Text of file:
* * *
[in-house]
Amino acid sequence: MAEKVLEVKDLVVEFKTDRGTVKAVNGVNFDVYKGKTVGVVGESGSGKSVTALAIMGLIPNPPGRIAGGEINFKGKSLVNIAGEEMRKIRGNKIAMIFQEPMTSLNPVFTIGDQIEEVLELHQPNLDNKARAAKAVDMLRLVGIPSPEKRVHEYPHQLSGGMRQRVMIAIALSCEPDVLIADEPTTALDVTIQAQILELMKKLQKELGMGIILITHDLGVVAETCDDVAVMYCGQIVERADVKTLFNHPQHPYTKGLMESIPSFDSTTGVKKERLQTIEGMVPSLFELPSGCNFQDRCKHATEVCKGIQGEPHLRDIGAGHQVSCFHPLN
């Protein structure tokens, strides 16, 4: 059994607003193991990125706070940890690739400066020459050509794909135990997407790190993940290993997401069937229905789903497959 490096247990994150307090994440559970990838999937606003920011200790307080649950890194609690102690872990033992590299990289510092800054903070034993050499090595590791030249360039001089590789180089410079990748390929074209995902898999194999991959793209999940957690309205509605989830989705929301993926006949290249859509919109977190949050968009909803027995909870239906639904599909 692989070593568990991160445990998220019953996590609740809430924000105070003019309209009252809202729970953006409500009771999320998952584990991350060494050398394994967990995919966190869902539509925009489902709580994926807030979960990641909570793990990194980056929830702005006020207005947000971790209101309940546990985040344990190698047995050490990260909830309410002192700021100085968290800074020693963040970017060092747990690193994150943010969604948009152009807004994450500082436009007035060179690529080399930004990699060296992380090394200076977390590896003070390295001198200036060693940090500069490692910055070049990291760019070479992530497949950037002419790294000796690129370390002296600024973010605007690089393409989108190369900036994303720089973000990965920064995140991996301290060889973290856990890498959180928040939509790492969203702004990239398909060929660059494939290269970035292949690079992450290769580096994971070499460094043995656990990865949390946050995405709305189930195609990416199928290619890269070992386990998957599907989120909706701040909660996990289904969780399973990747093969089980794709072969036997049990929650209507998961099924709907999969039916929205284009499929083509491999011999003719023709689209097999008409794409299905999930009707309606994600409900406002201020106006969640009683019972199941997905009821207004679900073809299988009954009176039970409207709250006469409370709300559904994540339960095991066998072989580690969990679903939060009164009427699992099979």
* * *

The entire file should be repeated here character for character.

[in-house]
Amino acid sequence: MAEKVLEVKDLVVEFKTDRGTVKAVNGVNFDVYKGKTVGVVGESGSGKSVTALAIMGLIPNPPGRIAGGEINFKGKSLVNIAGEEMRKIRGNKIAMIFQEPMTSLNPVFTIGDQIEEVLELHQPNLDNKARAAKAVDMLRLVGIPSPEKRVHEYPHQLSGGMRQRVMIAIALSCEPDVLIADEPTTALDVTIQAQILELMKKLQKELGMGIILITHDLGVVAETCDDVAVMYCGQIVERADVKTLFNHPQHPYTKGLMESIPSFDSTTGVKKERLQTIEGMVPSLFELPSGCNFQDRCKHATEVCKGIQGEPHLRDIGAGHQVSCFHPLN
């Protein structure tokens, strides 16, 4: 059994607003193991990125706070940890690739400066020459050509794909135990997407790190993940290993997401069937229905789903497959 490096247990994150307090994440559970990838999937606003920011200790307080649950890194609690102690872990033992590299990289510092800054903070034993050499090595590791030249360039001089590789180089410079990748390929074209995902898999194999991959793209999940957690309205509605989830989705929301993926006949290249859509919109977190949050968009909803027995909870239906639904599909 692989070593568990991160445990998220019953996590609740809430924000105070003019309209009252809202729970953006409500009771999320998952584990991350060494050398394994967990995919966190869902539509925009489902709580994926807030979960990641909570793990990194980056929830702005006020207005947000971790209101309940546990985040344990190698047995050490990260909830309410002192700021100085968290800074020693963040970017060092747990690193994150943010969604948009152009807004994450500082436009007035060179690529080399930004990699060296992380090394200076977390590896003070390295001198200036060693940090500069490692910055070049990291760019070479992530497949950037002419790294000796690129370390002296600024973010605007690089393409989108190369900036994303720089973000990965920064995140991996301290060889973290856990890498959180928040939509790492969203702004990239398909060929660059494939290269970035292949690079992450290769580096994971070499460094043995656990990865949390946050995405709305189930195609990416199928290619890269070992386990998957599907989120909706701040909660996990289904969780399973990747093969089980794709072969036997049990929650209507998961099924709907999969039916929205284009499929083509491999011999003719023709689209097999008409794409299905999930009707309606994600409900406002201020106006969640009683019972199941997905009821207004679900073809299988009954009176039970409207709250006469409370709300559904994540339960095991066998072989580690969990679903939060009164009427699992099979």